dispersed throughout England. All positively identified examples are
considered to be nationally important.

Deer parks were areas of land, usually enclosed, set aside and equipped for
the management and hunting of deer and other animals. They were generally
located in open countryside on marginal land or adjacent to a manor house,
castle or palace. They varied in size between 3ha and 1600ha and usually
comprised a combination of woodland and grassland which provided a mixture of
cover and grazing for deer. Parks could contain a number of features, such as
hunting lodges, park keeper's house, rabbit warrens, fishponds and enclosures
for game, and were usually surrounded by a park pale, a massive fenced or
hedged bank often with an internal ditch. Although a small number of parks
may have been established in the Anglo-Saxon period, it was the Norman
aristocracy's taste for hunting that led to the majority being constructed.
The peak period for the laying-out of parks, between AD 1200 and 1350,
coincided with a time of considerable prosperity amongst the nobility. From
the 15th century onwards few parks were constructed, and by the end of the
17th century the deer park in its original form had largely disappeared. The
original number of deer parks nationally is unknown but probably exceeded
3000. Many of these survive today, although often altered to a greater or
lesser degree. They were established in virtually every county in England,
but are most numerous in the West Midlands and Home Counties. Deer parks were
a long-lived and widespread monument type. Today they serve to illustrate an
important aspect of the activities of medieval nobility and still exert a
powerful influence on the pattern of the modern landscape. Where a deer park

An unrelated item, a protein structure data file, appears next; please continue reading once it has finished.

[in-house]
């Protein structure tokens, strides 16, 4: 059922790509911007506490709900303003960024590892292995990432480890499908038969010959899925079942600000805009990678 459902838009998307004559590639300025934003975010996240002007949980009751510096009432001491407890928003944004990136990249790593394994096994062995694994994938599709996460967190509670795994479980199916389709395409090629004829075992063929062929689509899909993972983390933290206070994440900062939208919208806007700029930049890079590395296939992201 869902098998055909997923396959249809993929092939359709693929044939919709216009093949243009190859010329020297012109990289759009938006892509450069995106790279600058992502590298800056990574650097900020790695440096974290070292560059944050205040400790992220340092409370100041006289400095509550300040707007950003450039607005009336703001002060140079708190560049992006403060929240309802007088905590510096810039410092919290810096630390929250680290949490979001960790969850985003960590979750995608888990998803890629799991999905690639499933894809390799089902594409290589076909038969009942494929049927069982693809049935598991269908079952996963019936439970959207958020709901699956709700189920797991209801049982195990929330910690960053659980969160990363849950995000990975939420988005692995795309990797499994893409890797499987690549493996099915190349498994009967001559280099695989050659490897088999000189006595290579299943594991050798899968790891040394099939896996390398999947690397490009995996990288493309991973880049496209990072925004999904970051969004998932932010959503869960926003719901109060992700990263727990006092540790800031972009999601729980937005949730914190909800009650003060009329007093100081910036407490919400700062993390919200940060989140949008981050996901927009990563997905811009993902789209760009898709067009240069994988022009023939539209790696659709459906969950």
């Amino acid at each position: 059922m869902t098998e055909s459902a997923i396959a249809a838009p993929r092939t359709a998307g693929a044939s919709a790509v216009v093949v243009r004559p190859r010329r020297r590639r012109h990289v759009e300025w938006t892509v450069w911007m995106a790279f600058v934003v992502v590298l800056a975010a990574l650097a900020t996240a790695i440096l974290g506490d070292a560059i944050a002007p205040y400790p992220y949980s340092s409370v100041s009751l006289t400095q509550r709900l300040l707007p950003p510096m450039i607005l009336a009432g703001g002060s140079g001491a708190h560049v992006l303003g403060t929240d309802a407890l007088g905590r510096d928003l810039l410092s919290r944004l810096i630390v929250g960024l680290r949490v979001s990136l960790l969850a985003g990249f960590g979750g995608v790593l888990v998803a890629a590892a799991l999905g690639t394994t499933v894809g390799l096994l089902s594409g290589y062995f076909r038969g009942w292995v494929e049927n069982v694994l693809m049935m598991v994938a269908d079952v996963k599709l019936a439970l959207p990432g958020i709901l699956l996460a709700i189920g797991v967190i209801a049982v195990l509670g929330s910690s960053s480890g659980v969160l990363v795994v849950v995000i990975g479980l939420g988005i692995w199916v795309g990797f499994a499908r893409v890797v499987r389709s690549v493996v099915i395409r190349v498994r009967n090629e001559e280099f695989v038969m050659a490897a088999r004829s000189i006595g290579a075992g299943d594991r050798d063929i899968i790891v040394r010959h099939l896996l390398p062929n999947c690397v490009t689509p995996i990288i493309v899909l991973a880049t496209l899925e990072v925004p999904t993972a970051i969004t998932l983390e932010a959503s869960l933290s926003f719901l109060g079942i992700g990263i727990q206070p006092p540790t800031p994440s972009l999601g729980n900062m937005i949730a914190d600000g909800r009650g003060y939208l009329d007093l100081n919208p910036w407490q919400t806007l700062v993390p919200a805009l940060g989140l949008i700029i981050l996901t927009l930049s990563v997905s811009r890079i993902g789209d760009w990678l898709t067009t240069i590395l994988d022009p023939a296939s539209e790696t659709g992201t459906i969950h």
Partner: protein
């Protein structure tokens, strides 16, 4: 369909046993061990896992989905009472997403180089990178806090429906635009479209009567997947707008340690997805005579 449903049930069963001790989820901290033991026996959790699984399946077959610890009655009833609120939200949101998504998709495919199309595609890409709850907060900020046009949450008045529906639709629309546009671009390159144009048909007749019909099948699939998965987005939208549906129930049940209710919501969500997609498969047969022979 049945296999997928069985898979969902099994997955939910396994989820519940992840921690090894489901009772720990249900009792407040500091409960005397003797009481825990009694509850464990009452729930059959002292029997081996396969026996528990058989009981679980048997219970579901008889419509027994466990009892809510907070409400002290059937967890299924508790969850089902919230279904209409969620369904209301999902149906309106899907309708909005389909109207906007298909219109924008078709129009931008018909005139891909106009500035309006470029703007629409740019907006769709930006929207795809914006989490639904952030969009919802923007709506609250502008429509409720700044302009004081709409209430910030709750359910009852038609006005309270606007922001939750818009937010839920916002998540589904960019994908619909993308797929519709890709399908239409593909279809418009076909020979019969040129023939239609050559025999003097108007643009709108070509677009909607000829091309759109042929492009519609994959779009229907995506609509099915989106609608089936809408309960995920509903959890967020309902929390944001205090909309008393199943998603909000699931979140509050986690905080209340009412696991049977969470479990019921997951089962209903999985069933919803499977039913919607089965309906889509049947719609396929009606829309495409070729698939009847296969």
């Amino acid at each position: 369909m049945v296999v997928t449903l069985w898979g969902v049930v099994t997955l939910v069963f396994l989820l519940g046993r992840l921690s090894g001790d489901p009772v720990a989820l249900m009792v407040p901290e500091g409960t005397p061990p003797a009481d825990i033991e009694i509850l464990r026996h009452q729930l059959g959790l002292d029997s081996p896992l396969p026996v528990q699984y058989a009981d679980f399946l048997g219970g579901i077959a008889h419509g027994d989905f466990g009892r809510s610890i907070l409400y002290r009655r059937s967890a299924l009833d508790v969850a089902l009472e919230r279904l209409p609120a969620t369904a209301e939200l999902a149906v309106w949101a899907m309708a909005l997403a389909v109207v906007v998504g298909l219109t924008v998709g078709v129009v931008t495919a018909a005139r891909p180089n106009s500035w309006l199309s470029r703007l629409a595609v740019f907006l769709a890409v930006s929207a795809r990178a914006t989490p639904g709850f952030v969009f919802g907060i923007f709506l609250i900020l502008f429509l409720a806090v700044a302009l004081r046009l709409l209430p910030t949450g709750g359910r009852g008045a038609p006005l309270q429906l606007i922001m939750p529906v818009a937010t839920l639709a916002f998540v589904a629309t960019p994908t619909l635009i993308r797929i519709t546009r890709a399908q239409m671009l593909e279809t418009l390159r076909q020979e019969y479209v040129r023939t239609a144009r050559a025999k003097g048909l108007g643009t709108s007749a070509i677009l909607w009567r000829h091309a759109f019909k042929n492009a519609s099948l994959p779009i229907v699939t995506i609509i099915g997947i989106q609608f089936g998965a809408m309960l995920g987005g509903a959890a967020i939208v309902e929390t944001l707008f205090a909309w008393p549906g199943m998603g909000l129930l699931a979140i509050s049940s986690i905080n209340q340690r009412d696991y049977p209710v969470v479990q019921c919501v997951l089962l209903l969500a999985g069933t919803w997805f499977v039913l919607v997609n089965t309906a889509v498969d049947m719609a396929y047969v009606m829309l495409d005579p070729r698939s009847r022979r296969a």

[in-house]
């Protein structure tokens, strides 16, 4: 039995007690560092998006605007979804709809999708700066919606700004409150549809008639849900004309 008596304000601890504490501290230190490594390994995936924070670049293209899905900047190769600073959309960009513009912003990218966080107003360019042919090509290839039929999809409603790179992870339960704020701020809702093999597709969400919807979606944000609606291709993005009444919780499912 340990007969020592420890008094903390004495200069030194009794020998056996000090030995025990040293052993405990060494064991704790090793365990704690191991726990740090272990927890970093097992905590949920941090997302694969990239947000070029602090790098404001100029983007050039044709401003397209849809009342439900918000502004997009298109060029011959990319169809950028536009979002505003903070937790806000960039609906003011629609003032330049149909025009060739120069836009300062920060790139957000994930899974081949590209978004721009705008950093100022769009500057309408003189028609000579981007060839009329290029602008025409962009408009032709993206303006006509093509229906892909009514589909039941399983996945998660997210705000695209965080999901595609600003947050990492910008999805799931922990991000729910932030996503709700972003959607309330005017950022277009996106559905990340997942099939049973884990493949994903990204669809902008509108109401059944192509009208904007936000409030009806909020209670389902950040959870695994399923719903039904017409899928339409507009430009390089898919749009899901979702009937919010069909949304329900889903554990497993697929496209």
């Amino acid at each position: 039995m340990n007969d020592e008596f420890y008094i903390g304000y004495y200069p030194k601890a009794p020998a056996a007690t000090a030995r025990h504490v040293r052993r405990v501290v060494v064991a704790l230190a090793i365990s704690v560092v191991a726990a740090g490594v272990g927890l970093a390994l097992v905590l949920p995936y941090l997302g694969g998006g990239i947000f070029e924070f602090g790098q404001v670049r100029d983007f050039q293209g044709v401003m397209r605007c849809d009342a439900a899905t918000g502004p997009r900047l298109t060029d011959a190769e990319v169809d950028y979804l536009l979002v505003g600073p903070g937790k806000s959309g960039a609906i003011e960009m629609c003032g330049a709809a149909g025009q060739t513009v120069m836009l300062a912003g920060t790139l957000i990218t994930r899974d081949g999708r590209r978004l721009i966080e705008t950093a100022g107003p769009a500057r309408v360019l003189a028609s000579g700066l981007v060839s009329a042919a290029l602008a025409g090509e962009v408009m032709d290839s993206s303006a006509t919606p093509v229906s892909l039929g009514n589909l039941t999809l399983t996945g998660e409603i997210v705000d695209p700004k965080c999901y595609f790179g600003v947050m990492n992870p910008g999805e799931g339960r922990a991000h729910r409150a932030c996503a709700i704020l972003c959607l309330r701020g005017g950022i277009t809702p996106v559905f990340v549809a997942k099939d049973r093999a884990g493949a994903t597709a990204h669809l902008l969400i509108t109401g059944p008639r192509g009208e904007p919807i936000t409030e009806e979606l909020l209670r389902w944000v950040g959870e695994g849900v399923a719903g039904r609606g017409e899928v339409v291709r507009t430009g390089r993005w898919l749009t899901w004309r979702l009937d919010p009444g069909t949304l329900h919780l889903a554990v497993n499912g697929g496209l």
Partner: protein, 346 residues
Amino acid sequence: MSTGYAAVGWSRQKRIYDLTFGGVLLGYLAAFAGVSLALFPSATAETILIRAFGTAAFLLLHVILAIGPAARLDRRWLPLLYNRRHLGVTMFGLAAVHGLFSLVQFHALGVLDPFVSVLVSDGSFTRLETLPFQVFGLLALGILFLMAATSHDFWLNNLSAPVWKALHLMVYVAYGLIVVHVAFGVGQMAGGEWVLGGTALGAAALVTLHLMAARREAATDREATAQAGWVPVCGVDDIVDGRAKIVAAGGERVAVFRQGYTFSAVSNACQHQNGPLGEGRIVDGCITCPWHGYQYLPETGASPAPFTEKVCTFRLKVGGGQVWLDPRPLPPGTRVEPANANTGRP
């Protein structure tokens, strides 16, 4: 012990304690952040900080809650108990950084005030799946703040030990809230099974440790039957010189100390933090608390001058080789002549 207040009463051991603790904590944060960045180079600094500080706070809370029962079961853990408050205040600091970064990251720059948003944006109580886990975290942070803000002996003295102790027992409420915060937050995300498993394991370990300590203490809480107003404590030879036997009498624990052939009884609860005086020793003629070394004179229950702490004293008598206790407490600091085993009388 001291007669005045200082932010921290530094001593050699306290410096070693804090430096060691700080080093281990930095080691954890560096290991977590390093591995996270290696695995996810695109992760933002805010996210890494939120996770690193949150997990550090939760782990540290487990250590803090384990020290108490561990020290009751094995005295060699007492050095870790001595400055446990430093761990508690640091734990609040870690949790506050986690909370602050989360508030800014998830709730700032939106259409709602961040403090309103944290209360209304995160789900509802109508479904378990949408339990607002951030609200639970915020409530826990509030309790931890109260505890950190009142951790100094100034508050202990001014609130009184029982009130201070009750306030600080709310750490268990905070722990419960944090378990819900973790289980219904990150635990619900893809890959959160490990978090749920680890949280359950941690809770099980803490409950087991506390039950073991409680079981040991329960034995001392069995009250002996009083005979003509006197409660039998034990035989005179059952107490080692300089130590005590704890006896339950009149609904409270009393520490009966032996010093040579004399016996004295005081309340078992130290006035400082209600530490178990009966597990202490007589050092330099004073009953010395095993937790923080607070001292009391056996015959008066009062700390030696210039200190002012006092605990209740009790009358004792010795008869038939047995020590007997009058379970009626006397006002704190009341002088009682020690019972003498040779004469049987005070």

survives well and is well-documented or associated with other significant
remains, its principal features are normally identified as nationally

The remains of the bishop's palace at Stow Park, together with those of its
associated deer park and fishponds, survive well as a series of substantial
earthworks. The palace is well documented and, as a result of detailed
historical research and archaeological survey, its remains are quite well
understood. Buried structural and artefactual remains will provide valuable
information about the construction, layout and use of the palace buildings and
about social and economic activity on the site. As a result of partial
infilling of the moat, ditches and ponds, archaeological deposits relating to
the construction and use of these features will also be preserved; in these
areas, waterlogging will additionally preserve organic remains such as wood
and leather, and environmental material such as seeds and pollen will preserve
unique information about the nature of the landscape in which the palace was
set. The old ground surface sealed beneath the banks forming the park pale
will retain evidence for early land-use prior to the laying-out of the park,
while the earthworks themselves will include buried evidence for structures
which are no longer evident, such as a fence which may have surmounted the
bank. The association of both the deer park and the fishponds with the palace
site will give us an insight into the way in which these features of the
medieval landscape interrelated as components of a high-status establishment.

Source: Historic England